Tuesday, May 18, 2021

Mapping US Poverty

Todd County in South Dakota is the county with the most people living in poverty in the United States. According to the 2018 American Community Survey 5-year estimates over 55% of the population of Todd County are living in poverty. In fact five counties in South Dakota feature in the list of the top ten counties with the highest proportion of the population living below the poverty line.

You can explore the levels of poverty across the United States for yourself on Overflow Data's interactive map Which U.S. Counties Have the Most People Living in Poverty?. This choropleth map visualizes the proportion of the population living below the poverty line at the county level. On the map you can make out the Black Belt in the American South, which is traditionally an area with high levels of poverty. Outside of the Black Belt, as well as South Dakota, the state of New Mexico stands out as having a number of counties where large percentages of the local population live in poverty. 

The Overflow Data map also allows you to view the percentage of children in each state living in poverty and / or the percentage of adults below the poverty line

The Economic Innovation Group's High Poverty Map is another interactive map which uses 2018 American Community Survey data to explore poverty in the United States. This interactive map compares the metro neighborhoods in the United States which had high levels of poverty in 2018 with those which were in high poverty in 1980 but have since successfully turned around.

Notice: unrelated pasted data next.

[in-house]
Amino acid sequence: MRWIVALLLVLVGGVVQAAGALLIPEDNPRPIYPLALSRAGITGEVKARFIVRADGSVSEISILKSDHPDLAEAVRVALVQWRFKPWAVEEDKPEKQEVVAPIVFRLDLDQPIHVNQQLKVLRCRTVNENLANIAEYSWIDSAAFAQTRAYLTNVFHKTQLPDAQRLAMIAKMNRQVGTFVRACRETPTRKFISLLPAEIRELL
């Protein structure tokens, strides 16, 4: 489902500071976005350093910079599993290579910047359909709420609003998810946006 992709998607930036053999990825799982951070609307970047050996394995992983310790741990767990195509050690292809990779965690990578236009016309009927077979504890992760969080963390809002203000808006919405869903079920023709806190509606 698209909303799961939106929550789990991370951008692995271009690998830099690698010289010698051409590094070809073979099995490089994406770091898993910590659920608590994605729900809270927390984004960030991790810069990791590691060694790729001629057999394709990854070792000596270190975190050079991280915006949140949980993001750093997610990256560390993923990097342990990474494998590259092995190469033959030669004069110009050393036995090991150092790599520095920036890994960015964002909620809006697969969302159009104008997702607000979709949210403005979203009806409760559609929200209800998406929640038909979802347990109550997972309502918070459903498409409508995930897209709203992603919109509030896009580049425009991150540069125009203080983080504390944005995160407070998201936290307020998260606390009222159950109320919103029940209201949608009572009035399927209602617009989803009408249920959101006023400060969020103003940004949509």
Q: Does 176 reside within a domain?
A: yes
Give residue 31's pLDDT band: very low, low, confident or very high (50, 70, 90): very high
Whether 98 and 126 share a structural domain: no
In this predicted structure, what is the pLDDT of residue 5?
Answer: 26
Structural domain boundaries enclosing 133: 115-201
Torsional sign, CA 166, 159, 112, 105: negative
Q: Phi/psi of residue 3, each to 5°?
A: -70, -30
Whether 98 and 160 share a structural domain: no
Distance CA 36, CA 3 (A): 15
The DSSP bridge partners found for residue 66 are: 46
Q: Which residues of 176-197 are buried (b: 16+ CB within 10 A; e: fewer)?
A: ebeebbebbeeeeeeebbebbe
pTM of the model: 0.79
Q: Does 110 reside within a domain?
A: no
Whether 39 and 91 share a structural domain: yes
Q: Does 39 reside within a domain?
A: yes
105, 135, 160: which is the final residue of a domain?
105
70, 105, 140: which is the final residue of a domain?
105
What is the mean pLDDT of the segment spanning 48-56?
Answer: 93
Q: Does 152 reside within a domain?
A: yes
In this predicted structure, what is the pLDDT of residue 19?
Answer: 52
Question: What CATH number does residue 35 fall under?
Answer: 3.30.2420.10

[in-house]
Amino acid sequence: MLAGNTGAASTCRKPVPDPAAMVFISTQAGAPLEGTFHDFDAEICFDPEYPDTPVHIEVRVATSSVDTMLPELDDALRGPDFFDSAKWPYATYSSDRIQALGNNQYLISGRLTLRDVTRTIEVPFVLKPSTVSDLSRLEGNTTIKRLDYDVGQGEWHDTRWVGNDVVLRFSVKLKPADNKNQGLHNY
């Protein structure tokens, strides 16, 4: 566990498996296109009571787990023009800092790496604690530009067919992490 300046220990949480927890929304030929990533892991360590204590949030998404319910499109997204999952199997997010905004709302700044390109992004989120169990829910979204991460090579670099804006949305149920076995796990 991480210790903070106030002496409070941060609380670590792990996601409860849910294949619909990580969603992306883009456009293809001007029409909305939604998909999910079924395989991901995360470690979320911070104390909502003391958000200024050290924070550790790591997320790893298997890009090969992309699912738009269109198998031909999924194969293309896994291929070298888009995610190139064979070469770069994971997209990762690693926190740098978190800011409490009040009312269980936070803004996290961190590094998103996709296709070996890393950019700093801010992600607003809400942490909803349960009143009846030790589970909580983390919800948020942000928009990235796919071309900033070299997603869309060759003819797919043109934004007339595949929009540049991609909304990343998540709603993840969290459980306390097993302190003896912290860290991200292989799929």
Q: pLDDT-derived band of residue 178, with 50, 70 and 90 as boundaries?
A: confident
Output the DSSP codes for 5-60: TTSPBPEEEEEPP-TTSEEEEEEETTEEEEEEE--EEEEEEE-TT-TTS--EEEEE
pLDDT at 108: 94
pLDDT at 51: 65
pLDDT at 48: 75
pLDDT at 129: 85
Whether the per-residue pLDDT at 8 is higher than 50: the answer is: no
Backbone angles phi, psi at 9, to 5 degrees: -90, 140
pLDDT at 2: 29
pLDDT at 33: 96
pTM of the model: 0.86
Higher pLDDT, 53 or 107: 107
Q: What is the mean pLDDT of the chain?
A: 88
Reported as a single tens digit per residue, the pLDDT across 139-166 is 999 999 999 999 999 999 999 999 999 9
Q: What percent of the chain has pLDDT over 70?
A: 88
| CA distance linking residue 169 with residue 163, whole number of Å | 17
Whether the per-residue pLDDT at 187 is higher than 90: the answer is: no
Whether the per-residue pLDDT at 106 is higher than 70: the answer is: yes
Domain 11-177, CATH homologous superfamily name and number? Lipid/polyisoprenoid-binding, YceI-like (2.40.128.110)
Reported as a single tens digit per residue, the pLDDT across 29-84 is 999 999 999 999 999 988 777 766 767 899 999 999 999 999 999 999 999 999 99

On the interactive map high-poverty census tracts are colored to show if they are newly poor, persistently poor, deepening poverty or turned around. If you select one of these colored neighborhoods you can view the poverty rate in that census tract for the years 1980, 1990, 2000, 2010 & 2018.

Alongside the interactive map the Economic Innovation Group has published a number of city profiles. These profiles provide a detailed analysis of poverty levels in some of America's largest cities. For example the city profile for New York notes that although the city still has a high number of neighborhoods in poverty the number of high-poverty neighborhoods has dropped sharply since 1980. In Los Angeles the number of high-poverty neighborhoods has increased a lot since 1980. Unlike New York it has seen very few neighborhoods transition from high-poverty to low-poverty.

No comments: